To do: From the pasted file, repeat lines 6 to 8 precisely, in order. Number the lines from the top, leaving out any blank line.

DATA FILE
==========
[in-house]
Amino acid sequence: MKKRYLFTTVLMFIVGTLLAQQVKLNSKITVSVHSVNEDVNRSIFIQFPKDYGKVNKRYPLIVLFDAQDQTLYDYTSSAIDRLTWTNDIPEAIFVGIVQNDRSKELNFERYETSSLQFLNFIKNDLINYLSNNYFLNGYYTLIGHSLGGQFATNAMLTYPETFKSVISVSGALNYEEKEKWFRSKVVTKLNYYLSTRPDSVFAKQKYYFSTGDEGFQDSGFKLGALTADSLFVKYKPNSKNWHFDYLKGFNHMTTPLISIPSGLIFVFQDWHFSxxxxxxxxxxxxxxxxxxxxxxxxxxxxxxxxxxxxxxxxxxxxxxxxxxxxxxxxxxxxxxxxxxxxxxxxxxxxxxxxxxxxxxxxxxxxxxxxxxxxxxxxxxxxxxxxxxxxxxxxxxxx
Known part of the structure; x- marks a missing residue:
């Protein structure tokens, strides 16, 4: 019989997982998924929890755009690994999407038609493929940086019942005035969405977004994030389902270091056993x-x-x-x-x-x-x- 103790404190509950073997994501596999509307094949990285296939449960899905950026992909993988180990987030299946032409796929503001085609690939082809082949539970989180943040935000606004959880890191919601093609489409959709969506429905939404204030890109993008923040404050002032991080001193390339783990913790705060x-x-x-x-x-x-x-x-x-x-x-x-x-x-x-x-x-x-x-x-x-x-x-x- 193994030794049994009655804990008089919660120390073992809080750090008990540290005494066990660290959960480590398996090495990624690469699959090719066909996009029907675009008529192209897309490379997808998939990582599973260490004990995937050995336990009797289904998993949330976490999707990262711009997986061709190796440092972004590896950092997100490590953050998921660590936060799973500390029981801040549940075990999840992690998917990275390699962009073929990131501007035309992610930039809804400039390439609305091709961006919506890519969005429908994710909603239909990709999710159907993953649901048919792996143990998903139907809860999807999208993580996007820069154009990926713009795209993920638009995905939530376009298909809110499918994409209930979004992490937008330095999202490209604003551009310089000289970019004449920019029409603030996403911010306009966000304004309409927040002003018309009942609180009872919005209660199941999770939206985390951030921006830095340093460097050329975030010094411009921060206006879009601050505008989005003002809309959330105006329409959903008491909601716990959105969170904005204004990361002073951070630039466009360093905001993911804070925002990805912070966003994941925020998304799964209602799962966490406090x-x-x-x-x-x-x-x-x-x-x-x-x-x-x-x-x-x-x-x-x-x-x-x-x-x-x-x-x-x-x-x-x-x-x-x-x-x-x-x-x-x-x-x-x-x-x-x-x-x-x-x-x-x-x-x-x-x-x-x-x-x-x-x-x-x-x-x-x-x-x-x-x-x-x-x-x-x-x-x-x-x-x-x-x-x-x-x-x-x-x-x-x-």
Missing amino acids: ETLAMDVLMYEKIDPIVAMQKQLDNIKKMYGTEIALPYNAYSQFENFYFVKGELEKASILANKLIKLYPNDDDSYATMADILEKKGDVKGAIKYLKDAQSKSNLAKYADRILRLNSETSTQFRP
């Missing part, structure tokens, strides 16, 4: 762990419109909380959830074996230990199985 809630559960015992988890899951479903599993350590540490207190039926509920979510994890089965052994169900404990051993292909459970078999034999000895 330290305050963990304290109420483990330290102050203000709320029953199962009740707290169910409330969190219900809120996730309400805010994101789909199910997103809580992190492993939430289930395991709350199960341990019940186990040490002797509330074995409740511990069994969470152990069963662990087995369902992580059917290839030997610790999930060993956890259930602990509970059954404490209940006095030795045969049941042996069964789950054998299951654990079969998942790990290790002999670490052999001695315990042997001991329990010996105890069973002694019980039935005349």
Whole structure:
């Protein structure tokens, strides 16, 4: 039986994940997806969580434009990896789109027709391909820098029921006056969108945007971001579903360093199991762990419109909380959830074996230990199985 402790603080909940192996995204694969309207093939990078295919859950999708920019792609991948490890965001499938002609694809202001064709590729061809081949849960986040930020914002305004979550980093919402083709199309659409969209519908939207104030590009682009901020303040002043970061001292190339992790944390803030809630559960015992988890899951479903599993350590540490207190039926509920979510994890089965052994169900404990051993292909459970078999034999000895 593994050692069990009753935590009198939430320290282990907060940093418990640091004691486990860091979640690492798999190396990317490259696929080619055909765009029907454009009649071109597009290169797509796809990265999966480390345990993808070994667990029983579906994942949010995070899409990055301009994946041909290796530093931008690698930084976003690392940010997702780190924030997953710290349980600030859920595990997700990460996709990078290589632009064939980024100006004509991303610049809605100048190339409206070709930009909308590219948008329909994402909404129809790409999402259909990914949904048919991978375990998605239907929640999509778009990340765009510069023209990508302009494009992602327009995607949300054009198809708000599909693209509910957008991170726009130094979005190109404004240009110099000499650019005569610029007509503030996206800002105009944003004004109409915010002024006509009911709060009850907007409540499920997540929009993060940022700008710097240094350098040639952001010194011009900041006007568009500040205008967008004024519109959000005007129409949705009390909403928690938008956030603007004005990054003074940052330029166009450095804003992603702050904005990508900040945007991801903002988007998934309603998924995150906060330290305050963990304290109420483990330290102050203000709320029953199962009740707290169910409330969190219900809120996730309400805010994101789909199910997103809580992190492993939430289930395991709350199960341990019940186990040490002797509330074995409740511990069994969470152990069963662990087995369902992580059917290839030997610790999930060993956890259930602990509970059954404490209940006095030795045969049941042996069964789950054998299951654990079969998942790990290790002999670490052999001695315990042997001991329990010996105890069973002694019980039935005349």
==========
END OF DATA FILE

């Missing part, structure tokens, strides 16, 4: 762990419109909380959830074996230990199985 809630559960015992988890899951479903599993350590540490207190039926509920979510994890089965052994169900404990051993292909459970078999034999000895 330290305050963990304290109420483990330290102050203000709320029953199962009740707290169910409330969190219900809120996730309400805010994101789909199910997103809580992190492993939430289930395991709350199960341990019940186990040490002797509330074995409740511990069994969470152990069963662990087995369902992580059917290839030997610790999930060993956890259930602990509970059954404490209940006095030795045969049941042996069964789950054998299951654990079969998942790990290790002999670490052999001695315990042997001991329990010996105890069973002694019980039935005349």
Whole structure:
């Protein structure tokens, strides 16, 4: 039986994940997806969580434009990896789109027709391909820098029921006056969108945007971001579903360093199991762990419109909380959830074996230990199985 402790603080909940192996995204694969309207093939990078295919859950999708920019792609991948490890965001499938002609694809202001064709590729061809081949849960986040930020914002305004979550980093919402083709199309659409969209519908939207104030590009682009901020303040002043970061001292190339992790944390803030809630559960015992988890899951479903599993350590540490207190039926509920979510994890089965052994169900404990051993292909459970078999034999000895 593994050692069990009753935590009198939430320290282990907060940093418990640091004691486990860091979640690492798999190396990317490259696929080619055909765009029907454009009649071109597009290169797509796809990265999966480390345990993808070994667990029983579906994942949010995070899409990055301009994946041909290796530093931008690698930084976003690392940010997702780190924030997953710290349980600030859920595990997700990460996709990078290589632009064939980024100006004509991303610049809605100048190339409206070709930009909308590219948008329909994402909404129809790409999402259909990914949904048919991978375990998605239907929640999509778009990340765009510069023209990508302009494009992602327009995607949300054009198809708000599909693209509910957008991170726009130094979005190109404004240009110099000499650019005569610029007509503030996206800002105009944003004004109409915010002024006509009911709060009850907007409540499920997540929009993060940022700008710097240094350098040639952001010194011009900041006007568009500040205008967008004024519109959000005007129409949705009390909403928690938008956030603007004005990054003074940052330029166009450095804003992603702050904005990508900040945007991801903002988007998934309603998924995150906060330290305050963990304290109420483990330290102050203000709320029953199962009740707290169910409330969190219900809120996730309400805010994101789909199910997103809580992190492993939430289930395991709350199960341990019940186990040490002797509330074995409740511990069994969470152990069963662990087995369902992580059917290839030997610790999930060993956890259930602990509970059954404490209940006095030795045969049941042996069964789950054998299951654990079969998942790990290790002999670490052999001695315990042997001991329990010996105890069973002694019980039935005349």